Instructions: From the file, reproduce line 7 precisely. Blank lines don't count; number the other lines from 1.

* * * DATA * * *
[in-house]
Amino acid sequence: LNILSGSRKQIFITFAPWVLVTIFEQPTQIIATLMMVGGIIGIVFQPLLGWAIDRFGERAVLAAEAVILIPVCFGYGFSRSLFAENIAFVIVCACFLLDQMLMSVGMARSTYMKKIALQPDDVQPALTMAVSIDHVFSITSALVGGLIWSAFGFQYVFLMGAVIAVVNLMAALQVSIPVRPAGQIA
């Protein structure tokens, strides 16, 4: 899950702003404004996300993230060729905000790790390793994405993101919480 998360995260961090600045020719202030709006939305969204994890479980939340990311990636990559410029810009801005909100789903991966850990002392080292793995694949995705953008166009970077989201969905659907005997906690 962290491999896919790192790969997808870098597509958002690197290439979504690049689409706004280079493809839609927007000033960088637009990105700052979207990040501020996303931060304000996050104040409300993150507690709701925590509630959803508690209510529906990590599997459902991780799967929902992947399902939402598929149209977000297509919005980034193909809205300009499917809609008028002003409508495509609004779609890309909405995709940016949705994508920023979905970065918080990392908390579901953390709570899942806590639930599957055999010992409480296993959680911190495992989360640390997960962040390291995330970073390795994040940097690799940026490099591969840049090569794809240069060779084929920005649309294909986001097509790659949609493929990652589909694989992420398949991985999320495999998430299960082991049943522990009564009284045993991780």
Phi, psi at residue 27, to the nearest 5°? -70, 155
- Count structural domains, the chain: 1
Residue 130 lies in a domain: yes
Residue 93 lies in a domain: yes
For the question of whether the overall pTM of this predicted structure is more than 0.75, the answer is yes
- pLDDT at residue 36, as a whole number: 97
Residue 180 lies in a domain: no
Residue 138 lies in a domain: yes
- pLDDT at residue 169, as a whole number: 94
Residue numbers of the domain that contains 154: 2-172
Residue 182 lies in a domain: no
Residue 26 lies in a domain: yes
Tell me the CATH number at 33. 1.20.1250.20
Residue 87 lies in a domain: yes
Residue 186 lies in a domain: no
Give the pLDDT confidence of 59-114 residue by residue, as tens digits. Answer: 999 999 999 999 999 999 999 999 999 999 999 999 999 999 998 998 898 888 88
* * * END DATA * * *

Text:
Residue 93 lies in a domain: yes